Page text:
This Sunday one of the most popular sporting events for tens of million people around the world begins. The Tour de France starts in Utrecht, the Netherlands. We will again see the world’s best top athletes fighting for the stage victory every day. We’ll admire them as they climb the steepest slope at an amazing speed and be impressed to see them completing a time trial at an average speed above 50 km/h. Throughout the past years, the regulations have continuously improved to guarantee a clean and fair race. As an example, during time trials, neither cars nor motorbikes are allowed in front of the cyclists as this would obviously reduce air resistance. Similarly, if a cyclist is catching up to the one ahead, they must stay on different sides of the road. However, there is no regulation to prevent a vehicle from following the athlete as it is commonly believed that a car riding behind a cyclist cannot influence him.
But is this really true?
You can’t turn on the news without hearing about the latest scandal to hit the sports industry. The New England Patriots — the National Football League (NFL) team that faces the defending champ Seattle Seahawks in Super Bowl XLIX this Sunday — are under pressure (pun intended) for using under-inflated footballs when they routed the Indianapolis Colts in the recent AFC championship that decided who would go on to the Super Bowl. One of the theories around DeflateGate is that a softer, less inflated ball will deform more when grasped, making it easier to hold. This could make for a more consistent pass, or a softer catch.
So, as simulation experts, what can we add to the national dialogue? Good question! Continue reading
On March 27 at 4 pm GMT, 12 pm EST, I will have the pleasure to participate in an exclusive, one-time, non-recorded webinar hosted by SAE international with Al Peasland (Head of Technical Partnerships, Infiniti Red Bull Racing) and Nathan Sykes (Team Leader for CFD and FEA, Infiniti Red Bull Racing).
The RB10 Red Bull Racing Formula 1
Since the birth of the Infiniti Red Bull Racing (IRBR) Formula 1 team almost 10 years ago, simulation has played a vital role in assisting the team to develop its cars aerodynamics through its CFD software and services. I have been the technical account manager for the IRBR account for over 6 years. In addition to developing and solidifying our technology relationship, I have witnessed first hand the impressive integration of ANSYS software into a Formula 1 CFD process. I take great joy (and pride!) working tirelessly and collaboratively with IRBR to deliver technology that has proved superior in concept and execution, ultimately helping to design the cars that have delivered the quadruple championships, which have been awarded to the team over the last four consecutive years. Continue reading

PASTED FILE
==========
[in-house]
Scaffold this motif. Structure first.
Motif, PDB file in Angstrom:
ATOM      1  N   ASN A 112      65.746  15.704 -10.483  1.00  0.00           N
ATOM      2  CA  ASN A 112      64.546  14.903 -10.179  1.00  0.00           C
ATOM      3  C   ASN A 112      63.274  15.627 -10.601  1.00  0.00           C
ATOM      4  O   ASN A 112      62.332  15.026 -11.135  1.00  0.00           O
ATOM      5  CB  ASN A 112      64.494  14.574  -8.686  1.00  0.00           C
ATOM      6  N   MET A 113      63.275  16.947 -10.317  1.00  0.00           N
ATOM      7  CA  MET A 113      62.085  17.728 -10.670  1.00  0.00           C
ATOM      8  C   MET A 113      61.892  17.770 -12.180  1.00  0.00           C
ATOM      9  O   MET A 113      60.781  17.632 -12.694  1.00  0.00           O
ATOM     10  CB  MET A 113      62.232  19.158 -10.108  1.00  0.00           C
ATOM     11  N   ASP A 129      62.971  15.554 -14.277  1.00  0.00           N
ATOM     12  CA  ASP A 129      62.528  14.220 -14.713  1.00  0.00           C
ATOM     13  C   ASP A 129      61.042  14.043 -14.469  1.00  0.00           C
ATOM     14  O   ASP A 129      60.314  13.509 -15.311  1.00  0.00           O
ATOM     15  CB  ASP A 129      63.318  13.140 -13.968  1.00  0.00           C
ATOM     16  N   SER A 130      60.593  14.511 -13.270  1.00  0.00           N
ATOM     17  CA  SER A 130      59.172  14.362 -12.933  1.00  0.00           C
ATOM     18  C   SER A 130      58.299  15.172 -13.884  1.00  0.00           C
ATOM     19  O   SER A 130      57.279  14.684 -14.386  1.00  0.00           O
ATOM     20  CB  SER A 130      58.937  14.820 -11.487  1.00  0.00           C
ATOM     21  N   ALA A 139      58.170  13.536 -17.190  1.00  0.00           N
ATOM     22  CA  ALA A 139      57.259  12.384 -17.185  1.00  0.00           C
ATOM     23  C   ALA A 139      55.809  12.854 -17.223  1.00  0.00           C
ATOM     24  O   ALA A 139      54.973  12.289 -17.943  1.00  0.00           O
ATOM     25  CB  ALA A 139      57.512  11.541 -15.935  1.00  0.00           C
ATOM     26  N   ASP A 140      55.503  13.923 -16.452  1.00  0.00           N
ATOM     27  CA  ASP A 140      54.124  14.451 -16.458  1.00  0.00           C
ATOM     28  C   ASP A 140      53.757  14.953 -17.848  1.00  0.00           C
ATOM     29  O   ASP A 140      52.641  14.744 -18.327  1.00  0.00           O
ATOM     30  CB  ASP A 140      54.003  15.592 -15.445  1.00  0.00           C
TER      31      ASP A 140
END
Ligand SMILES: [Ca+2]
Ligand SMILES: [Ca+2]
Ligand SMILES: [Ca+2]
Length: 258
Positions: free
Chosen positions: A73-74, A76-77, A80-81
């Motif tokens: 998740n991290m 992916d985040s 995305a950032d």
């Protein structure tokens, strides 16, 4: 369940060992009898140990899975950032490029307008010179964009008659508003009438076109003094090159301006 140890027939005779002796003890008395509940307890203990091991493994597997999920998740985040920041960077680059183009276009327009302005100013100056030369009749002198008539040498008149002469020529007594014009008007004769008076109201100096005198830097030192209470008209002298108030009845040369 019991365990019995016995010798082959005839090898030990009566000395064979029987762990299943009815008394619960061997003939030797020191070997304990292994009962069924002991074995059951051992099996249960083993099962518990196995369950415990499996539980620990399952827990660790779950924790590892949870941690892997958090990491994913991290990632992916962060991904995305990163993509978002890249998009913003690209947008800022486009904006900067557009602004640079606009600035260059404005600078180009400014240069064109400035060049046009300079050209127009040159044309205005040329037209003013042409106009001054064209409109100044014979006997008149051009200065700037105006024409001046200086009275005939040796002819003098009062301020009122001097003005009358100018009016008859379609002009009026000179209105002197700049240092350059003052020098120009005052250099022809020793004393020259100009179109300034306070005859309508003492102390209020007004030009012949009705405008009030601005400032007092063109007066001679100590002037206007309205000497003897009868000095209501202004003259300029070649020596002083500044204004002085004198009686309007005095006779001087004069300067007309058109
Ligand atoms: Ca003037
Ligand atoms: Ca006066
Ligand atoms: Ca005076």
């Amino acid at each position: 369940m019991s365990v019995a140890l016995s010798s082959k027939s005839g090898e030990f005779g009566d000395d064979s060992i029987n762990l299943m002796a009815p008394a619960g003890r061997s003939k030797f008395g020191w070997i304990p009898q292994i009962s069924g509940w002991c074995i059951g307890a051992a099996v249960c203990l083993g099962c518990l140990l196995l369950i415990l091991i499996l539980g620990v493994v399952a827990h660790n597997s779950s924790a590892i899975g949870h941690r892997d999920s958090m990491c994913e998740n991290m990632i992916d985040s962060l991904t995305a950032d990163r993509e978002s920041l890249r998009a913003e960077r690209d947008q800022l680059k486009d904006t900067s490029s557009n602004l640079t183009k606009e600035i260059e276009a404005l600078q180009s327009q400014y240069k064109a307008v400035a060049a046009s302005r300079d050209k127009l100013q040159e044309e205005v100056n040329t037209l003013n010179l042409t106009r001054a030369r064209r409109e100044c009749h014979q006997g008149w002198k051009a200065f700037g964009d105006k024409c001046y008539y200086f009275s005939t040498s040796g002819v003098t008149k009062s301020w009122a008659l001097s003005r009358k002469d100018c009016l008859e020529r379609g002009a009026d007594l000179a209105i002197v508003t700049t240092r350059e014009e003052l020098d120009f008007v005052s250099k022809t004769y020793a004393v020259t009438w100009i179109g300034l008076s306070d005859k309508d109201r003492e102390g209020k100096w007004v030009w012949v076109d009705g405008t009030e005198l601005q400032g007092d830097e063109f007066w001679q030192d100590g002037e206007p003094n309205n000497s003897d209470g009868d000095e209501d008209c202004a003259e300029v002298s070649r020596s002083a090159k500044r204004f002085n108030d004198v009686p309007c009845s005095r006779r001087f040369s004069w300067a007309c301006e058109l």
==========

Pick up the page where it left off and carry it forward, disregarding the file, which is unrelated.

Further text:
Stacey Cook (USA) performing with the Rossignol skis
Wow, the 2014 Olympic Winter Games in Sochi have been amazing and make me even more impatient to go to skiing in early April. I’ll especially remember three of the sporting events. First, Bart Swings from Belgium finished in fourth place in the 5,000-meter speed skating just behind a fully Dutch podium. Maybe aerodynamic simulation could have improved his performance and delivered him a place on the platform. There was also some great ski jumping where the skiers literally flew, and I found a flapping ski to perfectly illustrate fluid–structure interaction. I don’t know if this flapping is good or bad for performance. What do you think? Finally, I’ll remember the breathtaking downhill race. Continue reading
Are you ready for the Olympic Games to begin? Around the world, millions of eyes will be glued to the TV or Internet. NBC has 5,535 hours of coverage planned. Google has a dedicated website. For the next couple of weeks it will be a sports fans delight. At ANSYS, because of our work with Speedo, most of us will be particularly interested in the Swimming Events. Continue reading
In my last blog entry, I discussed the positive ROI for CFD simulation. The metrics used were very business-oriented such as reduction in lead time, costs, etc. A new example of this ROI is the fresh victory of Red Bull Racing in the 2011 Formula One season. For the second year in a row the Red Bull team has won both the Driver and Constructors’ titles for the 2011 Formula One Championship, thanks to a great Formula One design and a driver with extraordinary talent, Sebastian Vettel. Because of speed limits I cannot drive faster than 65 miles per hour (104 kilometers by hour) so I cannot even start to explain how Sebastian Vettel performs so well at the high speeds of F1 races. However, I would venture to claim his performance is partly due to a great car — a car designed using CFD simulation.